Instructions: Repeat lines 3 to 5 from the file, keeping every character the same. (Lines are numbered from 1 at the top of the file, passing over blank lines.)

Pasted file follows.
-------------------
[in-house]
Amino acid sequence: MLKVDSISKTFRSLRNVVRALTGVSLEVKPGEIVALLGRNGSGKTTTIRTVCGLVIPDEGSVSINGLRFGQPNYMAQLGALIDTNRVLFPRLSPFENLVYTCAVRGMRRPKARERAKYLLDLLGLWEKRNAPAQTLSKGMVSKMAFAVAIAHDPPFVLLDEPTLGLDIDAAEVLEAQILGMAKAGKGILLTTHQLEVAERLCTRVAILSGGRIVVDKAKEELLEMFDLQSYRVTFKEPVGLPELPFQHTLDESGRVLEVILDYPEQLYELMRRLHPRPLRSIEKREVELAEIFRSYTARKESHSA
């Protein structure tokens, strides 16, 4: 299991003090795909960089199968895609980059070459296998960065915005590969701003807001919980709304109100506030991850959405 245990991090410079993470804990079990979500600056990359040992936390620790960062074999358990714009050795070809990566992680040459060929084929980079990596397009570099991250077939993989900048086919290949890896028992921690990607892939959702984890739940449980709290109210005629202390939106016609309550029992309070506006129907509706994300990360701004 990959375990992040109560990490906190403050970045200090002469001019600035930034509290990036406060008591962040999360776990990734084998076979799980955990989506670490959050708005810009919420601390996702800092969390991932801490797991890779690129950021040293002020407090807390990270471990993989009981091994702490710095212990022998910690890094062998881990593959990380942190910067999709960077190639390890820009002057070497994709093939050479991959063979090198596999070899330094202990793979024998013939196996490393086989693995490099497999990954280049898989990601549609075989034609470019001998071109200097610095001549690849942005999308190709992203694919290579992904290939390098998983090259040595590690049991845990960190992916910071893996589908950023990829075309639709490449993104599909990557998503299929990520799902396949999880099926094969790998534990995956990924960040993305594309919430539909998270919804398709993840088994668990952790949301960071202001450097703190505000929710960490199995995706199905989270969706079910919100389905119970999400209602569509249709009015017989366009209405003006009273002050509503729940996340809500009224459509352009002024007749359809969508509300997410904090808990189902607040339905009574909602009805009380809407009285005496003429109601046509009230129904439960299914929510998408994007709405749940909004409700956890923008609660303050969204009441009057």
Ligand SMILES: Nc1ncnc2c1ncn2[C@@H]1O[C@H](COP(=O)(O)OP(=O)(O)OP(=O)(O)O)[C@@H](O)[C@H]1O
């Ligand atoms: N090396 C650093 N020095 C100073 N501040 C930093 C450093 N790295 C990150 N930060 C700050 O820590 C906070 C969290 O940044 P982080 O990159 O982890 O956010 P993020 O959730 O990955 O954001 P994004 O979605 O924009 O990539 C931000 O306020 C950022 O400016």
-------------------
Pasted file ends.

């Protein structure tokens, strides 16, 4: 299991003090795909960089199968895609980059070459296998960065915005590969701003807001919980709304109100506030991850959405 245990991090410079993470804990079990979500600056990359040992936390620790960062074999358990714009050795070809990566992680040459060929084929980079990596397009570099991250077939993989900048086919290949890896028992921690990607892939959702984890739940449980709290109210005629202390939106016609309550029992309070506006129907509706994300990360701004 990959375990992040109560990490906190403050970045200090002469001019600035930034509290990036406060008591962040999360776990990734084998076979799980955990989506670490959050708005810009919420601390996702800092969390991932801490797991890779690129950021040293002020407090807390990270471990993989009981091994702490710095212990022998910690890094062998881990593959990380942190910067999709960077190639390890820009002057070497994709093939050479991959063979090198596999070899330094202990793979024998013939196996490393086989693995490099497999990954280049898989990601549609075989034609470019001998071109200097610095001549690849942005999308190709992203694919290579992904290939390098998983090259040595590690049991845990960190992916910071893996589908950023990829075309639709490449993104599909990557998503299929990520799902396949999880099926094969790998534990995956990924960040993305594309919430539909998270919804398709993840088994668990952790949301960071202001450097703190505000929710960490199995995706199905989270969706079910919100389905119970999400209602569509249709009015017989366009209405003006009273002050509503729940996340809500009224459509352009002024007749359809969508509300997410904090808990189902607040339905009574909602009805009380809407009285005496003429109601046509009230129904439960299914929510998408994007709405749940909004409700956890923008609660303050969204009441009057």
Ligand SMILES: Nc1ncnc2c1ncn2[C@@H]1O[C@H](COP(=O)(O)OP(=O)(O)OP(=O)(O)O)[C@@H](O)[C@H]1O
């Ligand atoms: N090396 C650093 N020095 C100073 N501040 C930093 C450093 N790295 C990150 N930060 C700050 O820590 C906070 C969290 O940044 P982080 O990159 O982890 O956010 P993020 O959730 O990955 O954001 P994004 O979605 O924009 O990539 C931000 O306020 C950022 O400016």